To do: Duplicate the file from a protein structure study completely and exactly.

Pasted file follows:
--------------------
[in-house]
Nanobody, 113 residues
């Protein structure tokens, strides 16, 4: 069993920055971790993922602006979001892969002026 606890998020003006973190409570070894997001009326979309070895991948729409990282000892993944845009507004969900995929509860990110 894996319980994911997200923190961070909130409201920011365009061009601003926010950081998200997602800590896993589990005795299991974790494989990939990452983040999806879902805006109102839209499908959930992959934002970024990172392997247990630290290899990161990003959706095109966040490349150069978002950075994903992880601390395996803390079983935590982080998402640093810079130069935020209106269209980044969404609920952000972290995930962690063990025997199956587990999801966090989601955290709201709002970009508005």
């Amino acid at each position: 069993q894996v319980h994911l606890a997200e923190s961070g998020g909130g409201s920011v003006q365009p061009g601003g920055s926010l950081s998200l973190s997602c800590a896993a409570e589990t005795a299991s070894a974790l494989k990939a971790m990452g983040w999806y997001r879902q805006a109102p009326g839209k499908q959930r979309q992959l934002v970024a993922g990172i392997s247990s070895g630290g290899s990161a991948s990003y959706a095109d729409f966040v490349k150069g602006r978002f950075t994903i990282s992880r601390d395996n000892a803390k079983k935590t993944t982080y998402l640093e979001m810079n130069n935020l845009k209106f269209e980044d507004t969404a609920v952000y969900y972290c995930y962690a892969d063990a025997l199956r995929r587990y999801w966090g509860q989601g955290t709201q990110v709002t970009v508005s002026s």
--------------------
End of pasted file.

[in-house]
Nanobody, 113 residues
């Protein structure tokens, strides 16, 4: 069993920055971790993922602006979001892969002026 606890998020003006973190409570070894997001009326979309070895991948729409990282000892993944845009507004969900995929509860990110 894996319980994911997200923190961070909130409201920011365009061009601003926010950081998200997602800590896993589990005795299991974790494989990939990452983040999806879902805006109102839209499908959930992959934002970024990172392997247990630290290899990161990003959706095109966040490349150069978002950075994903992880601390395996803390079983935590982080998402640093810079130069935020209106269209980044969404609920952000972290995930962690063990025997199956587990999801966090989601955290709201709002970009508005």
């Amino acid at each position: 069993q894996v319980h994911l606890a997200e923190s961070g998020g909130g409201s920011v003006q365009p061009g601003g920055s926010l950081s998200l973190s997602c800590a896993a409570e589990t005795a299991s070894a974790l494989k990939a971790m990452g983040w999806y997001r879902q805006a109102p009326g839209k499908q959930r979309q992959l934002v970024a993922g990172i392997s247990s070895g630290g290899s990161a991948s990003y959706a095109d729409f966040v490349k150069g602006r978002f950075t994903i990282s992880r601390d395996n000892a803390k079983k935590t993944t982080y998402l640093e979001m810079n130069n935020l845009k209106f269209e980044d507004t969404a609920v952000y969900y972290c995930y962690a892969d063990a025997l199956r995929r587990y999801w966090g509860q989601g955290t709201q990110v709002t970009v508005s002026s």